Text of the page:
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Mol Phylogenet Evol. 2004 Jul;32(1):344-57.

Investigating phylogenetic relationships of sunfishes and black basses (Actinopterygii: Centrarchidae) using DNA sequences from mitochondrial and nuclear genes.

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  • 1Center for Population Biology, One Shields Avenue, University of California, Davis, CA 95616, USA.


The 32 species of the Centrarchidae are ecologically important components of the diverse fish communities that characterize North American freshwater ecosystems. In spite of a rich history of systematic investigations of centrarchid fishes there is extensive conflict among previous hypotheses that may be due to restricted taxon or character sampling. We present the first phylogenetic analysis of the Centrarchidae that combines DNA sequence data from both the mitochondrial and nuclear genomes and includes all described species. Gene sequence data were collected from a complete mtDNA protein coding gene (NADH subunit 2), a nuclear DNA intron (S7 ribosomal protein intron 1), and a portion of a nuclear DNA protein-coding region (Tmo-4C4). Phylogenetic trees generated from analysis of the three-gene dataset were used to test alternative hypotheses of centrarchid relationships that were gathered from the literature. Four major centrarchid lineages are present in trees generated in maximum parsimony (MP) and Bayesian maximum likelihood analyses (BML). These lineages are Acantharchus pomotis, Micropterus, Lepomis, and a clade containing Ambloplites, Archoplites, Centrarchus, Enneacanthus, and Pomoxis. Phylogenetic trees resulting from MP and BML analyses are highly consistent but differ with regard to the placement of A. pomotis. Significant phylogenetic incongruence between mtDNA and nuclear genes appears to result from different placement of Micropterus treculi, and is not characteristic of relationships in all other parts of the centrarchid phylogeny. Slightly more than half of the 27 previously proposed hypotheses of centrarchid relationships were rejected based on the Shomodaira-Hasegawa test.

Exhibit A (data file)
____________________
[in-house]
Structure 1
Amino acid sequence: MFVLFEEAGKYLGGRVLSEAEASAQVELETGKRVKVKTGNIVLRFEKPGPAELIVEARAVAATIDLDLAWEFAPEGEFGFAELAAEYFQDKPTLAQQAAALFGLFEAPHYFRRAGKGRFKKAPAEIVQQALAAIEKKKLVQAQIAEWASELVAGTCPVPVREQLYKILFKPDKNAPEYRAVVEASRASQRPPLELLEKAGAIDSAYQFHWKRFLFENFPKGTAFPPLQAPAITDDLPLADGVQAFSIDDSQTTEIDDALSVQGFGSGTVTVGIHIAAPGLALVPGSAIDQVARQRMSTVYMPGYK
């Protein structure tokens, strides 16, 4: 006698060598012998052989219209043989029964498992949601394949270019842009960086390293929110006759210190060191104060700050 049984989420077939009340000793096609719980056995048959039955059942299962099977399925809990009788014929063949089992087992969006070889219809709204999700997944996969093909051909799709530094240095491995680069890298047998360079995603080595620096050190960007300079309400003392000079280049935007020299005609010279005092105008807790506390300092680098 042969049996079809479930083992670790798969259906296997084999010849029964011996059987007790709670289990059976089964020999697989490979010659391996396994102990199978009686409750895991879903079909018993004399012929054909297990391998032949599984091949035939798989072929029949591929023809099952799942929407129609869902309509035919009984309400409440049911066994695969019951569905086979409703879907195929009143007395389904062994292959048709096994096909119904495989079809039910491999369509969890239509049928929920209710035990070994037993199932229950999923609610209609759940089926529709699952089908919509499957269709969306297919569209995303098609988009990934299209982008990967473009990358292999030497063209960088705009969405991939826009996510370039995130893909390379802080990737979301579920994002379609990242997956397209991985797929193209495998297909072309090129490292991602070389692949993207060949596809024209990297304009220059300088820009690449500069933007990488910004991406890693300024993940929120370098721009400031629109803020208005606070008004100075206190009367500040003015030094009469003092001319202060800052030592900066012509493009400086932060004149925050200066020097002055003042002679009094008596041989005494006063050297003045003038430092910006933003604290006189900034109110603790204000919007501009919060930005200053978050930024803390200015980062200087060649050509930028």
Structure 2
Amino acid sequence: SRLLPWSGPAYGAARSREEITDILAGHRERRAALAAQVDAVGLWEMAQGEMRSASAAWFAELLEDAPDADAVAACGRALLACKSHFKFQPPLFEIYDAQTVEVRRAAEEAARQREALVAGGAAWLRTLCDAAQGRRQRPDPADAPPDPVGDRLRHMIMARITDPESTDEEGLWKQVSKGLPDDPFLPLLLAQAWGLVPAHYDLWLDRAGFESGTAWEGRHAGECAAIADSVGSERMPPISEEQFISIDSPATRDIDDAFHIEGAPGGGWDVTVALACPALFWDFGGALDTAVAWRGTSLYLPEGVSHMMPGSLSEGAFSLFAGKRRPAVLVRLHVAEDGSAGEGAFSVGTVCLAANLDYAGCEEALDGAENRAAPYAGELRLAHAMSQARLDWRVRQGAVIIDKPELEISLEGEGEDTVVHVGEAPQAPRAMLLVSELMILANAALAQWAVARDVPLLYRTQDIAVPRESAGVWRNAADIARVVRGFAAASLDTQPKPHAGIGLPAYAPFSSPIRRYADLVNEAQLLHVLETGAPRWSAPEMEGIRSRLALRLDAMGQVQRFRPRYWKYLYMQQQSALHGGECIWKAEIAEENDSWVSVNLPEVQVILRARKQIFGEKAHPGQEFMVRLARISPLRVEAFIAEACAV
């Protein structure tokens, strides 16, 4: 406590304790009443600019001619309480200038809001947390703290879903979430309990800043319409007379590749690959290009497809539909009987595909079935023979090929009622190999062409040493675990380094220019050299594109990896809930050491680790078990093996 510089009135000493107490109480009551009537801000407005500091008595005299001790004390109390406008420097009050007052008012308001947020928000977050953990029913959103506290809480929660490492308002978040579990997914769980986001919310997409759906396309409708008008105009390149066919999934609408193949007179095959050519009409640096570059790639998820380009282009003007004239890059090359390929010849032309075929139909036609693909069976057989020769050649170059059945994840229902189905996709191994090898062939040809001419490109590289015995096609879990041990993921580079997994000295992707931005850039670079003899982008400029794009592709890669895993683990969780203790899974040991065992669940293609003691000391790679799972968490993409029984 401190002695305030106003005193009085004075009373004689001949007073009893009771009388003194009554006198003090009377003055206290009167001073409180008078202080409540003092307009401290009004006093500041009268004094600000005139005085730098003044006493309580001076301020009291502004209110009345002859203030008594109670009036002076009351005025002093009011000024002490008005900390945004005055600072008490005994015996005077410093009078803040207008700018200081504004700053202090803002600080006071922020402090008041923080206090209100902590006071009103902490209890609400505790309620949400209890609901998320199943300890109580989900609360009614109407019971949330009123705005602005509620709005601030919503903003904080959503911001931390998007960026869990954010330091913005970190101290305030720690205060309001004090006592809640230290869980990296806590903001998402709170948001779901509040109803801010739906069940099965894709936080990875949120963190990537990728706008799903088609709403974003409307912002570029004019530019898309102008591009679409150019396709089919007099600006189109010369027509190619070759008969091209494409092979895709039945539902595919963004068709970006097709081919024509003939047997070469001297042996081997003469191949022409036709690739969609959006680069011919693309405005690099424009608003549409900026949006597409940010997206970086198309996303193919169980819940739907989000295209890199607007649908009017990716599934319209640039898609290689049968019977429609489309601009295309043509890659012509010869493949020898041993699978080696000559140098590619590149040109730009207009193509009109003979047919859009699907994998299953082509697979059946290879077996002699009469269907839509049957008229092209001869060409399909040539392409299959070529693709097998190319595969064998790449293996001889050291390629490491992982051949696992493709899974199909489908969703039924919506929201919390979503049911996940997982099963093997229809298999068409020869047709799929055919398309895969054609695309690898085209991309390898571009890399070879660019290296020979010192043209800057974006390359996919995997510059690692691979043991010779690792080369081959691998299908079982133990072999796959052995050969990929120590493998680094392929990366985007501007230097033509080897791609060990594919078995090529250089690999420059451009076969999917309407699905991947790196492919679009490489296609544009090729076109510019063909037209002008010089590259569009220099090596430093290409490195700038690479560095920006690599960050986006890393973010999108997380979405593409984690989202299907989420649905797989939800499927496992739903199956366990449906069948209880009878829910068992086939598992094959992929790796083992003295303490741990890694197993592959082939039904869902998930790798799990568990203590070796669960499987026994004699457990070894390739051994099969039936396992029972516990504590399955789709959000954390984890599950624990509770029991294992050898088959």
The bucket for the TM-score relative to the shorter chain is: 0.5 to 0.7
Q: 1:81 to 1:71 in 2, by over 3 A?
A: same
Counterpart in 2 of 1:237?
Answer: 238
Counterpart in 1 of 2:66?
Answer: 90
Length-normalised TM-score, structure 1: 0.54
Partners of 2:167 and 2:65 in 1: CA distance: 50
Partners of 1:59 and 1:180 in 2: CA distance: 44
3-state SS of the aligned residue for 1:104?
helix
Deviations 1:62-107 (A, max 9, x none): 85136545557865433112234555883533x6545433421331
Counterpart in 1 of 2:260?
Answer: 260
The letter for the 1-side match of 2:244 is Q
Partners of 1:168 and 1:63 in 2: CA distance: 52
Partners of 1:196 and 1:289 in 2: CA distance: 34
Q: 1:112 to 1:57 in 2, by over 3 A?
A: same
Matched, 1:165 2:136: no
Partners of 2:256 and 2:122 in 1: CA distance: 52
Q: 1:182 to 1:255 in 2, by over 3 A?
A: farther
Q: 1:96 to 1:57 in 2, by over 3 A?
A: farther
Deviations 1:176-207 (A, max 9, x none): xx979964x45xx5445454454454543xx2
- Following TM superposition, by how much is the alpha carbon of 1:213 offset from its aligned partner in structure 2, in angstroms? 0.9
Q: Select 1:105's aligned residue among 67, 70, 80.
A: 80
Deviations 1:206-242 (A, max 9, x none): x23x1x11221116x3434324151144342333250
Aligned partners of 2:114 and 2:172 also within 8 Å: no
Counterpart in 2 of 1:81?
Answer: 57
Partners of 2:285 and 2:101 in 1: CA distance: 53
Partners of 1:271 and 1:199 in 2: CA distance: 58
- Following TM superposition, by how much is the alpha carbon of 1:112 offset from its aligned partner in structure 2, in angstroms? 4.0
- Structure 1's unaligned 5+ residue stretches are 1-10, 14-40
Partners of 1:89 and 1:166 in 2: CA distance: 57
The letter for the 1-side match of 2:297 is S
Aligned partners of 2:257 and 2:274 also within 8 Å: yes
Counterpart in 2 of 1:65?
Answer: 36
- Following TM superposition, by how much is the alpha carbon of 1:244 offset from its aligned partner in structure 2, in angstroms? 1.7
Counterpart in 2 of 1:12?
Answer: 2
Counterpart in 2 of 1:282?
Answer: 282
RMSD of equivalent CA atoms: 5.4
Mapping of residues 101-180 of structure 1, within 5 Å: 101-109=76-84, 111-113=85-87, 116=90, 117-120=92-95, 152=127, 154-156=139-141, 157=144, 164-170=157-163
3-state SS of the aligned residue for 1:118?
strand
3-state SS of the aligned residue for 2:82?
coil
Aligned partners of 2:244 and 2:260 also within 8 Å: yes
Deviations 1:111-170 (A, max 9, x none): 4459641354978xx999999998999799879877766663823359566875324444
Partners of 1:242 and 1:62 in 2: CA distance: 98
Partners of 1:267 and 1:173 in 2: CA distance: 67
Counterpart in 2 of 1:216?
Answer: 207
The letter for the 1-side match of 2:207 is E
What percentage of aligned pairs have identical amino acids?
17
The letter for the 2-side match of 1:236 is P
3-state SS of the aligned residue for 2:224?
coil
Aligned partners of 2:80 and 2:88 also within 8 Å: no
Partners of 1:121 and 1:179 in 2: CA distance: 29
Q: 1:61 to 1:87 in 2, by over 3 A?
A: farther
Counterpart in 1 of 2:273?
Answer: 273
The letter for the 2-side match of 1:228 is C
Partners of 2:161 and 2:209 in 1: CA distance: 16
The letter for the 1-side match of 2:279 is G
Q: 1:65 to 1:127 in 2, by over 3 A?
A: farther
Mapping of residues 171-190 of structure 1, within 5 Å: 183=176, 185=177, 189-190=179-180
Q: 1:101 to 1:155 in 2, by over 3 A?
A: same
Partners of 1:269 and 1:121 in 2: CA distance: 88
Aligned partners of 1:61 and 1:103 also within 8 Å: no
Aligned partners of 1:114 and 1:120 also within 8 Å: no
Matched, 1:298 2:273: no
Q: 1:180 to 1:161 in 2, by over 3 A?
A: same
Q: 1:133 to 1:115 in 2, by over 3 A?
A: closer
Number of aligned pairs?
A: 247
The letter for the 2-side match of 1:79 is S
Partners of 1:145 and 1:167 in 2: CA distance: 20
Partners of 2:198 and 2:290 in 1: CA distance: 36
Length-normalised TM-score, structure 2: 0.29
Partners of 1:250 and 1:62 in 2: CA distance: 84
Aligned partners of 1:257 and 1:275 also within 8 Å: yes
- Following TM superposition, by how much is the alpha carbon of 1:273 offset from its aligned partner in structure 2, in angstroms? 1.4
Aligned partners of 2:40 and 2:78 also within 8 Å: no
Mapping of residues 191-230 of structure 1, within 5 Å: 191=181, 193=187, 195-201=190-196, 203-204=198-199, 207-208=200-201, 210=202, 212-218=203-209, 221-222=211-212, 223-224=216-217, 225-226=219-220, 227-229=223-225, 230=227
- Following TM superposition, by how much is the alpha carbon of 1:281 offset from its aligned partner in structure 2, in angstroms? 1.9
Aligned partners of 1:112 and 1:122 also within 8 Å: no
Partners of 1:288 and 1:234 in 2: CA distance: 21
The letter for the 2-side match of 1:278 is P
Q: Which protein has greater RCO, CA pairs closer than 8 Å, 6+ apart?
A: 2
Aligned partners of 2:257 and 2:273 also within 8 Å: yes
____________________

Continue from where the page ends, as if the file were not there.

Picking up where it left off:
Copyright 2004 Elsevier Inc.

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